More than four in 10 charities in Scotland think that independence for the country would have a negative effect on their funding from UK-wide trusts and foundations, research by the Institute of Fundraising Scotland suggests.
The institute carried out telephone interviews with 135 of its members in Scotland, with total voluntary income totalling £581m, about the potential impact on fundraising of a ‘yes’ vote in the independence referendum in September 2014.
A report on the findings published today, called Scottish Independence and Fundraising, says 41 per cent of respondents thought there would be a negative effect on funding from UK-wide trusts and foundations.
Two of the charities that responded said that some major UK trusts and foundations were already telling them not to apply for funding until after the referendum.
The report says that 74 per cent of respondents were able to identify disadvantages to fundraising; 56 per cent could indentify advantages.
Forty-six per cent of the charities surveyed said they could not think of any benefits to independence.
Of those that could see an advantage, 16 per cent said it would create a stronger Scottish brand in general and those charities that were able to maximise their Scottish identity would be the most successful.
Thirty-five per cent of those polled thought Scottish independence would affect the overall income of their charities either ‘somewhat’ or ‘very’ negatively.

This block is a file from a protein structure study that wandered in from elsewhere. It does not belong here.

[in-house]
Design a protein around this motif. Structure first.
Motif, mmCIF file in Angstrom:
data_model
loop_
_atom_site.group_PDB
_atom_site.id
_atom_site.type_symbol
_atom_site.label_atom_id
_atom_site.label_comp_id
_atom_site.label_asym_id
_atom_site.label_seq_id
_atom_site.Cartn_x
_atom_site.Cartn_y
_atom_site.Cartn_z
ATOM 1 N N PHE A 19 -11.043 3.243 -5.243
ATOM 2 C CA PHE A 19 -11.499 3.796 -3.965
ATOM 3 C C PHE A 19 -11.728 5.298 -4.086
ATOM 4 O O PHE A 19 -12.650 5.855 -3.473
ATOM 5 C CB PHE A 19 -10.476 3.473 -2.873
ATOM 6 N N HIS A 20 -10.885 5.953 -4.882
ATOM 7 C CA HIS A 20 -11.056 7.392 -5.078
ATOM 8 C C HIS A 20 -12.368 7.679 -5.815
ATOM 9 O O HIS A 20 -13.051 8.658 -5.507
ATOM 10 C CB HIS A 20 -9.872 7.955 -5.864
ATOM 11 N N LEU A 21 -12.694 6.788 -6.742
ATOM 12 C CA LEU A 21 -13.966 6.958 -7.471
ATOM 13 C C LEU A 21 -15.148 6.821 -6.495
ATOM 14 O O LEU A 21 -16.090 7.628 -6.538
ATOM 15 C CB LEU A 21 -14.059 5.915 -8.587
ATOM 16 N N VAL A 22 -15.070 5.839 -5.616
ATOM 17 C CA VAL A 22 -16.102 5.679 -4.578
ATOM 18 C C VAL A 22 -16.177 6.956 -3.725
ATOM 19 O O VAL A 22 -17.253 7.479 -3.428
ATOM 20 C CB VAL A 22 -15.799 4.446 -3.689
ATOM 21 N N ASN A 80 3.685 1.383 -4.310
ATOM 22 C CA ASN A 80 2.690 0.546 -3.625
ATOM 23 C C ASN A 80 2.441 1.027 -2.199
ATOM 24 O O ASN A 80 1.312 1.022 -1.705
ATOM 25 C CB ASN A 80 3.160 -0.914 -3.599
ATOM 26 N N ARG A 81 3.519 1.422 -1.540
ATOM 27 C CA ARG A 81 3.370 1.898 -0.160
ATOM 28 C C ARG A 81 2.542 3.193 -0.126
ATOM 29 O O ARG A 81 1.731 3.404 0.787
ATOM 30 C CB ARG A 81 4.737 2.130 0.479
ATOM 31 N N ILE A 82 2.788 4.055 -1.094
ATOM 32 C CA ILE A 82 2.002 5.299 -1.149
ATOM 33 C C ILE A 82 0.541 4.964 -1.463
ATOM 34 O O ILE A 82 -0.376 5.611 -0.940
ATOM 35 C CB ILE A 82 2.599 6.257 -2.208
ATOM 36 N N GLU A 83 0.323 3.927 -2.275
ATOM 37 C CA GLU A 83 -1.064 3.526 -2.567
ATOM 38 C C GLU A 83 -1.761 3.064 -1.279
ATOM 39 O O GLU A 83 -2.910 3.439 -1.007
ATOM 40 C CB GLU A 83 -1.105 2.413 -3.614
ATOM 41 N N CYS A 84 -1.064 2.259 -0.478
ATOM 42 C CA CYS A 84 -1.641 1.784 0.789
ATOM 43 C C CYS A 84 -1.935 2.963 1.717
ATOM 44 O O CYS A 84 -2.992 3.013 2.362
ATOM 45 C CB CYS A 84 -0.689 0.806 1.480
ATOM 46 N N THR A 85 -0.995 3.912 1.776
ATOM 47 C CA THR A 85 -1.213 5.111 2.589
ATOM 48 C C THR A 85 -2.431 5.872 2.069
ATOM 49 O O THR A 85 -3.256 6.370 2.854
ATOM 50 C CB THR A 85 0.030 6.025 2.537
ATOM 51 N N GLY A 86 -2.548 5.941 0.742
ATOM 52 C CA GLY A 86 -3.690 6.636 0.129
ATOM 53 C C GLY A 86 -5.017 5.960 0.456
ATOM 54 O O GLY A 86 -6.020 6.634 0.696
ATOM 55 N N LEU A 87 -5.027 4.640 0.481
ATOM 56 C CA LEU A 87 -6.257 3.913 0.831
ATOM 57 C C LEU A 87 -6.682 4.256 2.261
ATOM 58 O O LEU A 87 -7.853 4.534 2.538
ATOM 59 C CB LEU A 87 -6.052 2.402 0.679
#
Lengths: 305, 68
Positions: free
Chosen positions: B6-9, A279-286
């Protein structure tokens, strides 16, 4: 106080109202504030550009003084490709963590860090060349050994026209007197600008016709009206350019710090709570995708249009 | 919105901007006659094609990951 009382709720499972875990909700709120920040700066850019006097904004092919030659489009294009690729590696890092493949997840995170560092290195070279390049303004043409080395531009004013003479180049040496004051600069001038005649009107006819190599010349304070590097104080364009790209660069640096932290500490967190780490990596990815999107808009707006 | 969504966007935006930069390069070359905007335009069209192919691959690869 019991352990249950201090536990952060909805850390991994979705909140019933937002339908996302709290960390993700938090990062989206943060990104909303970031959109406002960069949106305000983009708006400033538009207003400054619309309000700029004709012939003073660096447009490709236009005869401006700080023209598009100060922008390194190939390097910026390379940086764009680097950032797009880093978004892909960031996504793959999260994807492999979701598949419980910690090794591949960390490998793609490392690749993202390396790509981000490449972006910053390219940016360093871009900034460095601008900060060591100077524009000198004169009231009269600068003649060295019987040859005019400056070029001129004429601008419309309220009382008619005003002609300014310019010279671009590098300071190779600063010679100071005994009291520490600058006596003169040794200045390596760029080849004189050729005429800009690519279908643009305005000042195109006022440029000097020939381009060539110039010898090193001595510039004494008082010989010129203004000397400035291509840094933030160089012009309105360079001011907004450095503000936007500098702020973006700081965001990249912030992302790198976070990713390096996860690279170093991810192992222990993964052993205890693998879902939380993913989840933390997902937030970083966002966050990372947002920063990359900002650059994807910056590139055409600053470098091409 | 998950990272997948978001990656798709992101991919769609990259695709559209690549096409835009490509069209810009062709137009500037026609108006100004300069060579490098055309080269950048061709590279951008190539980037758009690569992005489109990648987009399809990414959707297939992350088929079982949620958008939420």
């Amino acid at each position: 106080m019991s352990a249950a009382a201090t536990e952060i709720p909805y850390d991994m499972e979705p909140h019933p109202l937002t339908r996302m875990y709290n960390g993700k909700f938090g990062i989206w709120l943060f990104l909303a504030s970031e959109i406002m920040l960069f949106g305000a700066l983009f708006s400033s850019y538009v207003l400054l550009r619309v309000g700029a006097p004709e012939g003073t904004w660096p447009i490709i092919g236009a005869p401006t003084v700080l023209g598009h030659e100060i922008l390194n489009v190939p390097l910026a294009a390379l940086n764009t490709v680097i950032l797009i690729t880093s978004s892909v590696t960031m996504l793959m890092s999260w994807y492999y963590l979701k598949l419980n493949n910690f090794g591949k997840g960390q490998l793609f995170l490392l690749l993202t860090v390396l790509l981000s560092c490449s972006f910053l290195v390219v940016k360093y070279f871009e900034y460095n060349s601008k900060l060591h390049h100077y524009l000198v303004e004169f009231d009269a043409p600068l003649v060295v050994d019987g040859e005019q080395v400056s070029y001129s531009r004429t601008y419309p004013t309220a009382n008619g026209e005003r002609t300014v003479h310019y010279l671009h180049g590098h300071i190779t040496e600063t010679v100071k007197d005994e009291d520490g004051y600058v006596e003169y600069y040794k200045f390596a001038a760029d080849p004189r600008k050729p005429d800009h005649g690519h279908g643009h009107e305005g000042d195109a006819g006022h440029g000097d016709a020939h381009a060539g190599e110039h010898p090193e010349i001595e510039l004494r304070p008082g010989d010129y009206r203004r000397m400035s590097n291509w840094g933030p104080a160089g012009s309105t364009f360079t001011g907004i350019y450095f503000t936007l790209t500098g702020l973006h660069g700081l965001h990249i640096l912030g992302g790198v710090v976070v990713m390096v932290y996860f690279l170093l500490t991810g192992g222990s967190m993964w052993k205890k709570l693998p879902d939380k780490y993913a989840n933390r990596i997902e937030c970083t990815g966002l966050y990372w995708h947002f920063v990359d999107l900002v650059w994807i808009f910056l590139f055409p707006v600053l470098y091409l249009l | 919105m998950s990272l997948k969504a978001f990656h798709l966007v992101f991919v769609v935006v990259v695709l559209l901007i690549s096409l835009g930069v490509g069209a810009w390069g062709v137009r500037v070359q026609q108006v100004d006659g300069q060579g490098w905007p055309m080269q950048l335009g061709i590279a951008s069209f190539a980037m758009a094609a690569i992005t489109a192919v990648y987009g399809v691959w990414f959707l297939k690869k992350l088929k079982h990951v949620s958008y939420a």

Cross-border charities were more likely to have negative views about the impacts of independence, the report says.
Forty-four per cent of those polled said they thought the Scottish sector’s overall voluntary income would fall if there was a ‘yes’ vote for independence. Thirty-six per cent said they did not know.
Gregor McNie, manager of IoF Scotland, said the institute was seeking to address the issue with trusts quickly. He said the institute would be looking at how widespread were the concerns about funding from UK-wide trusts and could take lobbying or representative action in response.
"A large degree of uncertainty about impacts underpinned the research," he said. "That said, the biggest portion of organisations we spoke to said that independence would negatively affect their charity’s income, with particular concerns about future funding from UK-wide trusts and companies. But views about impacts on community and events fundraising and statutory income were more positive than negative."